Heralded as the future of personalized transport, autonomous cars have caused much excitement among car companies, industry journalists and some segments of the public and government. Unquestionably major advances have been made but the future in which drivers are redundant remains some distance away.
Despite the expected wait, a lot is changing. China is maneuvering to become the leading global player, catching up to rivals in the US. New infrastructure is being discussed and the regulatory environment is undergoing significant reform. Yet doubts remain as to how soon any promises made by car companies will materialize in a commercially viable form.
- Not only are cultural attitudes in China more conducive to the future of autonomy but the advantages claimed by driverless cars will be more acutely felt in the largest single car market than elsewhere. Progress is being helped by highly supportive government policies towards domestic manufacturers.
- General Motors (GM) has emerged as a surprising leader in the race to create the first fully autonomous car that can be sold to the public. Unlike the lumbering old-fashioned car-maker that some critics remain wedded to, General Motors has taken a Silicon Valley tech start-up approach to the future of automotive manufacturing: making everything in house.
- Autonomous cars are frequently advertised as being much safer than any human driver could be over a reasonable time span. Yet for the claims to be met in reality requires the needs of cyclists and pedestrians to be intimately involved with the decision-making computers contained within driverless vehicles.
- Looks at the growing importance of China to autonomous transport
- Examines the pace of development in autonomous vehicles
- Assesses what infrastructure will be required in the future
- Looks at the developing regulatory landscape
- Assesses critics of advocates who claim autonomous cars are almost here
- What role is China playing in autonomous cars?
- How quick is autonomous technology advancing?
- What new infrastructure will be required for the mass rollout of autonomous cars?
- What is the state of regulations around the world?
- Could the arrival of autonomous cars as a mass market product be a long way from happening?
China is coming force in autonomous vehicle technology
Chinese car market is best positioned to adopt autonomous future
Domestic companies are protected by foreign competition, enabling swift development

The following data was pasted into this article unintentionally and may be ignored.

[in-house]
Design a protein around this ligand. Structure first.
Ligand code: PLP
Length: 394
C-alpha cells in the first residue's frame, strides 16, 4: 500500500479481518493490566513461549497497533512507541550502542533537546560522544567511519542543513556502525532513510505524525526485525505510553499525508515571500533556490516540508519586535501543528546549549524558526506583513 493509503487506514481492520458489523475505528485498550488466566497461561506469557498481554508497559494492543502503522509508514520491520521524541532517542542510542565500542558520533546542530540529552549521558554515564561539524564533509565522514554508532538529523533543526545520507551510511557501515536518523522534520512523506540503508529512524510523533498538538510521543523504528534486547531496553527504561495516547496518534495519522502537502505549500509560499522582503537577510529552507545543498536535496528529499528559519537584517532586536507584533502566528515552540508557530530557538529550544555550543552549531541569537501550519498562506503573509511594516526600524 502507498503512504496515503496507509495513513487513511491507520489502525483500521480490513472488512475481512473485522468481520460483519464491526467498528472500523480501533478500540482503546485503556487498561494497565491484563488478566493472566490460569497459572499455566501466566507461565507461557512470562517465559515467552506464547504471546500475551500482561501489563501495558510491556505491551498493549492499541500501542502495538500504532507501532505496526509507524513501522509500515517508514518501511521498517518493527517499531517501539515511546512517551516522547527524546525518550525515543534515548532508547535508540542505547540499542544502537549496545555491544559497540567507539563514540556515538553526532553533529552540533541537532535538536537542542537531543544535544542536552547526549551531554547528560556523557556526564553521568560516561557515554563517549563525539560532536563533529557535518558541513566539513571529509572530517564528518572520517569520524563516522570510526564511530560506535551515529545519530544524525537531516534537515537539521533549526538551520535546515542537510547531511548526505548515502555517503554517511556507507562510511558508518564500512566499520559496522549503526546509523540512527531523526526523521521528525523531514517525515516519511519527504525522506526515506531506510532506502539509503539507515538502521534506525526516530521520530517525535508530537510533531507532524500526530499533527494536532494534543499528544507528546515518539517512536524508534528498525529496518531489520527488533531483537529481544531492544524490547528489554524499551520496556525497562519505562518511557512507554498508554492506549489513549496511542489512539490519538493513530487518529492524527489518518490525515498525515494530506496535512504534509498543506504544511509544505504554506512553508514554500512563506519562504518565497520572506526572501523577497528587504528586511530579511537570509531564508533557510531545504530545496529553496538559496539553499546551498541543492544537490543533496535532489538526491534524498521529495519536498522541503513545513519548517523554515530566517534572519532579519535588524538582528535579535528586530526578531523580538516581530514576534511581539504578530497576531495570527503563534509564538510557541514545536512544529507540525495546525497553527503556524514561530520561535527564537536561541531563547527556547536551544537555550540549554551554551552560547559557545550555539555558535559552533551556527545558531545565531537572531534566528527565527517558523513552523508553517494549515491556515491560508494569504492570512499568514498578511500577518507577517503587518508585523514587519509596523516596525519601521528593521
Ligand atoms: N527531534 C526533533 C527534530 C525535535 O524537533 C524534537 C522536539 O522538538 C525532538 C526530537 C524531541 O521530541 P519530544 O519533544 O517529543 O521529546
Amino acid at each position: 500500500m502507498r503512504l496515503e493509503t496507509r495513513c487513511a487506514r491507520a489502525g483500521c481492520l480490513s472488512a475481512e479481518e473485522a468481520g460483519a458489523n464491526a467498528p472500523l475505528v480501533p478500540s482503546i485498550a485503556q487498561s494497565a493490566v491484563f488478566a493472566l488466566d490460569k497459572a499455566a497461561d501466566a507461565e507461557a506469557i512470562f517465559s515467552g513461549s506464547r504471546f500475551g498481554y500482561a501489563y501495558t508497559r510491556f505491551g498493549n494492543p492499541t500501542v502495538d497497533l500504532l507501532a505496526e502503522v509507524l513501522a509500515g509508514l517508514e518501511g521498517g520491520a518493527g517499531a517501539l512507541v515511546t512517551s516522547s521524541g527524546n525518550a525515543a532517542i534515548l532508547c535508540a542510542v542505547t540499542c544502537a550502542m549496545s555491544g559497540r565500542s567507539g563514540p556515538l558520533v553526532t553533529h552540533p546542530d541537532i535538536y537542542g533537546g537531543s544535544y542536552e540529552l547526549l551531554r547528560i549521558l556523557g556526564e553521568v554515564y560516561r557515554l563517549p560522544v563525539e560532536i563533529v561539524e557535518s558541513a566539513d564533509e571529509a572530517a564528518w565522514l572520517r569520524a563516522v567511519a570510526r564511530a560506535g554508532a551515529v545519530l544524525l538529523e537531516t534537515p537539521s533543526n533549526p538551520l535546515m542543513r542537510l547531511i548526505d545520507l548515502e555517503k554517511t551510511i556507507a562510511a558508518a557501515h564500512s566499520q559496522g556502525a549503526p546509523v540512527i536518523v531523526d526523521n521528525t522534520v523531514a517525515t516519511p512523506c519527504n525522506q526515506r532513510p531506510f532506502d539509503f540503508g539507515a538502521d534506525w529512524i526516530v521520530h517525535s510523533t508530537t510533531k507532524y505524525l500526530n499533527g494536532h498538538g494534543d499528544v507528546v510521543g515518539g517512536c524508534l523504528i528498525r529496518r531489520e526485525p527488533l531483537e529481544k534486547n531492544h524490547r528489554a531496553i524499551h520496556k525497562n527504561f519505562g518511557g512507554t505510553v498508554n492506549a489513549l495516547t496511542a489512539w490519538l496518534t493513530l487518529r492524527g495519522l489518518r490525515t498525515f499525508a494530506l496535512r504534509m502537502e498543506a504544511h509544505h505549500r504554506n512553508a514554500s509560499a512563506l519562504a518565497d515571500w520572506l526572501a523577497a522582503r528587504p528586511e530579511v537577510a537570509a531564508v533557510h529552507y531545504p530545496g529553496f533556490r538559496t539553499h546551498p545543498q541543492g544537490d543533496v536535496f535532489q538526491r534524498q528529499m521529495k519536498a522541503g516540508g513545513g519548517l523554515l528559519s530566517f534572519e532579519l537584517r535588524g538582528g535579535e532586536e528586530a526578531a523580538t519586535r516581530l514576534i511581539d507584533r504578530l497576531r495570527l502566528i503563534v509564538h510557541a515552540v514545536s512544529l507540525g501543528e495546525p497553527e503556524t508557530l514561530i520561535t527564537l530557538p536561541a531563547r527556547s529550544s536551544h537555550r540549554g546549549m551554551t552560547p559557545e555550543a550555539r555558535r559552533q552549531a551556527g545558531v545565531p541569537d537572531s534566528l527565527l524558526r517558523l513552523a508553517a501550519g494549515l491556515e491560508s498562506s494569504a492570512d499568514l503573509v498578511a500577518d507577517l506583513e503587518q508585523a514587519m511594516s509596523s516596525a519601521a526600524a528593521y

State will be vital early customer for autonomous vehicles, helping the Chinese market develop
Autonomous vehicle technology is advancing rapidly but is also over-hyped
In race to develop first saleable fully autonomous car, some surprising leaders and stragglers have emerged
Tesla is not impressing in autonomous vehicles, hurting long-term future of car disruptor
Waymo is leading the pack but is not without problems, raising doubts over publicly declared timelines
Established car manufacturing brands are involved but offer notes of caution
New infrastructure needed for potential of autonomous cars to be realized
So far autonomous cars have suggested major changes to roads are required
‘Smart roads’ offer glimpse of what autonomous car infrastructure will be like
Telecoms companies have vital role to play if autonomous cars to become what leading companies claim
‘Smart roads’ are essential for autonomous cars but funding redevelopment will be hard to achieve
State of regulatory systems is influencing autonomous car progress
High-profile accidents will engender regulators with caution in allowing fully autonomous vehicles on public roads
China is reforming regulation, allowing autonomous vehicles to be tested in real-world conditions
Competition to develop indigenous autonomous cars is being helped by regulatory reform
More workable US regulation with ambitions of advancing car makers is drawing nearer
Arrival of autonomous cars will take a while yet
Transition period likely to be lengthy due to replacement cycle timeline
Much time is needed to develop true autonomy even for major manufacturers
Early incarnations of truly autonomous cars are far too expensive for public use
An autonomous future looms for automotive industry
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About the Author
List of Tables
Table 1: Road deaths in Asia 2013 - top ten worst number of deaths
List of Figures
Figure 1: Highest Selling SUVs in China, 2016 (000’s)
Figure 2: Baidu Driverless Vehicle Testing
Figure 3: Artists impression of fully autonomous Chevrolet Bolt
Figure 4: Mobileye advertising
Figure 5: Waymo test vehicle
Figure 6: Road paint recognizable by autonomous cars
Figure 7: 3M smart road signs
Figure 8: Smart Roads
Figure 9: Uber testing fatality
Figure 10: Congressman Bob Latta